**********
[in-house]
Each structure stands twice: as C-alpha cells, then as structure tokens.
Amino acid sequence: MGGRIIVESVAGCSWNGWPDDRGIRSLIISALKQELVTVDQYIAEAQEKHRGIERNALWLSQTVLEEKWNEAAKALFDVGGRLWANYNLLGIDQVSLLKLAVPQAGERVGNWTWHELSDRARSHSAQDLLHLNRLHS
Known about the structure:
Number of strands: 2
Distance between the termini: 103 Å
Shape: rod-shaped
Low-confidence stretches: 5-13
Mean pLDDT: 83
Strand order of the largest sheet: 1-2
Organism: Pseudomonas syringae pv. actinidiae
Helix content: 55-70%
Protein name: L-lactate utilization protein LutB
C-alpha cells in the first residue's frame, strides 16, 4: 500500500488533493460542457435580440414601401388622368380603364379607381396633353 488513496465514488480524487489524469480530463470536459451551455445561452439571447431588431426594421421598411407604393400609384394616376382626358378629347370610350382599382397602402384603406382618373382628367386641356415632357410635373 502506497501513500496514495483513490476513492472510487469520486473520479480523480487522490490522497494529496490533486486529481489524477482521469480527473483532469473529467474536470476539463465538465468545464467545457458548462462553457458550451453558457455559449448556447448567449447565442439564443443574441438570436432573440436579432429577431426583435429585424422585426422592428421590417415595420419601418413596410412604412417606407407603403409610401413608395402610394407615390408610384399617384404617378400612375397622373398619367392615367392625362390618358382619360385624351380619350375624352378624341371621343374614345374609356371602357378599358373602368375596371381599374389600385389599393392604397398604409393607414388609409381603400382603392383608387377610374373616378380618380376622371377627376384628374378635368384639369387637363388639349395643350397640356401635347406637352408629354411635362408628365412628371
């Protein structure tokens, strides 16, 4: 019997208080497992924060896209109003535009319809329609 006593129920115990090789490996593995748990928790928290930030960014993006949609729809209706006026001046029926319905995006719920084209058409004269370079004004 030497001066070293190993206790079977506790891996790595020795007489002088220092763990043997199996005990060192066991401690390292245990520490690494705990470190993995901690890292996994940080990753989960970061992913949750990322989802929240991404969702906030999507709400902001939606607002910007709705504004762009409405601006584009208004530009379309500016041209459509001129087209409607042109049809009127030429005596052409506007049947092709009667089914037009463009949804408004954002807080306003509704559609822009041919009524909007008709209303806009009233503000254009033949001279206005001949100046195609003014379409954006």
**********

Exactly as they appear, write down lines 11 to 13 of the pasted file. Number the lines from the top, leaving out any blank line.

Organism: Pseudomonas syringae pv. actinidiae
Helix content: 55-70%
Protein name: L-lactate utilization protein LutB